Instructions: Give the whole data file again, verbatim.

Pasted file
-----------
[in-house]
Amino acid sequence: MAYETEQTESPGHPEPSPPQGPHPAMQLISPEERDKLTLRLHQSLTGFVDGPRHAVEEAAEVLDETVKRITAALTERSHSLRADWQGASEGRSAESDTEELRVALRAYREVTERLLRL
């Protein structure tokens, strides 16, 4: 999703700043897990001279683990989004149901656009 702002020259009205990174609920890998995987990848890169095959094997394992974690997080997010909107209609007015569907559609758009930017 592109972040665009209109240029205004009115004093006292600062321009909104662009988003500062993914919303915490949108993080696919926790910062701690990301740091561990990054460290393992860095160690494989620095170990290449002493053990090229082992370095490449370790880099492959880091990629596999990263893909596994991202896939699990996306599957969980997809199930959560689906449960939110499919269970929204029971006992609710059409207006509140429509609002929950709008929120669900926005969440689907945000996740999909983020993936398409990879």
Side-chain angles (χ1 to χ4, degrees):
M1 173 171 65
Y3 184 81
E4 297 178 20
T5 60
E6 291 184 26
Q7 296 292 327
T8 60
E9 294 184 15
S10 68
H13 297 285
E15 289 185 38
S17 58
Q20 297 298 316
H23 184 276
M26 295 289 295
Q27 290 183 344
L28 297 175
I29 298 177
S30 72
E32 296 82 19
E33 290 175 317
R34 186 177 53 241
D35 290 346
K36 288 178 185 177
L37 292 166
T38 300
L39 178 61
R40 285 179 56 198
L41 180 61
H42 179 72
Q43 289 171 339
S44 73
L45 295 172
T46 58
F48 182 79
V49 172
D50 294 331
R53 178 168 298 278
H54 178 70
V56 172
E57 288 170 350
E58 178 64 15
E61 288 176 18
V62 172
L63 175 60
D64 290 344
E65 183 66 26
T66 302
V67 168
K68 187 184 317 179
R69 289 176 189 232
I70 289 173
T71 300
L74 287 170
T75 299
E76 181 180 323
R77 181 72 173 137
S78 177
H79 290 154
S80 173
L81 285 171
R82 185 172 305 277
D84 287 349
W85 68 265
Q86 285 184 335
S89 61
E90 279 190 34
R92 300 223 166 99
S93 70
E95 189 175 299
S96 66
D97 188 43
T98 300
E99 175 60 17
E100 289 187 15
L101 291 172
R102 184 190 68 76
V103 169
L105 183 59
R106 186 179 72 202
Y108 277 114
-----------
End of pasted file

[in-house]
Amino acid sequence: MAYETEQTESPGHPEPSPPQGPHPAMQLISPEERDKLTLRLHQSLTGFVDGPRHAVEEAAEVLDETVKRITAALTERSHSLRADWQGASEGRSAESDTEELRVALRAYREVTERLLRL
């Protein structure tokens, strides 16, 4: 999703700043897990001279683990989004149901656009 702002020259009205990174609920890998995987990848890169095959094997394992974690997080997010909107209609007015569907559609758009930017 592109972040665009209109240029205004009115004093006292600062321009909104662009988003500062993914919303915490949108993080696919926790910062701690990301740091561990990054460290393992860095160690494989620095170990290449002493053990090229082992370095490449370790880099492959880091990629596999990263893909596994991202896939699990996306599957969980997809199930959560689906449960939110499919269970929204029971006992609710059409207006509140429509609002929950709008929120669900926005969440689907945000996740999909983020993936398409990879």
Side-chain angles (χ1 to χ4, degrees):
M1 173 171 65
Y3 184 81
E4 297 178 20
T5 60
E6 291 184 26
Q7 296 292 327
T8 60
E9 294 184 15
S10 68
H13 297 285
E15 289 185 38
S17 58
Q20 297 298 316
H23 184 276
M26 295 289 295
Q27 290 183 344
L28 297 175
I29 298 177
S30 72
E32 296 82 19
E33 290 175 317
R34 186 177 53 241
D35 290 346
K36 288 178 185 177
L37 292 166
T38 300
L39 178 61
R40 285 179 56 198
L41 180 61
H42 179 72
Q43 289 171 339
S44 73
L45 295 172
T46 58
F48 182 79
V49 172
D50 294 331
R53 178 168 298 278
H54 178 70
V56 172
E57 288 170 350
E58 178 64 15
E61 288 176 18
V62 172
L63 175 60
D64 290 344
E65 183 66 26
T66 302
V67 168
K68 187 184 317 179
R69 289 176 189 232
I70 289 173
T71 300
L74 287 170
T75 299
E76 181 180 323
R77 181 72 173 137
S78 177
H79 290 154
S80 173
L81 285 171
R82 185 172 305 277
D84 287 349
W85 68 265
Q86 285 184 335
S89 61
E90 279 190 34
R92 300 223 166 99
S93 70
E95 189 175 299
S96 66
D97 188 43
T98 300
E99 175 60 17
E100 289 187 15
L101 291 172
R102 184 190 68 76
V103 169
L105 183 59
R106 186 179 72 202
Y108 277 114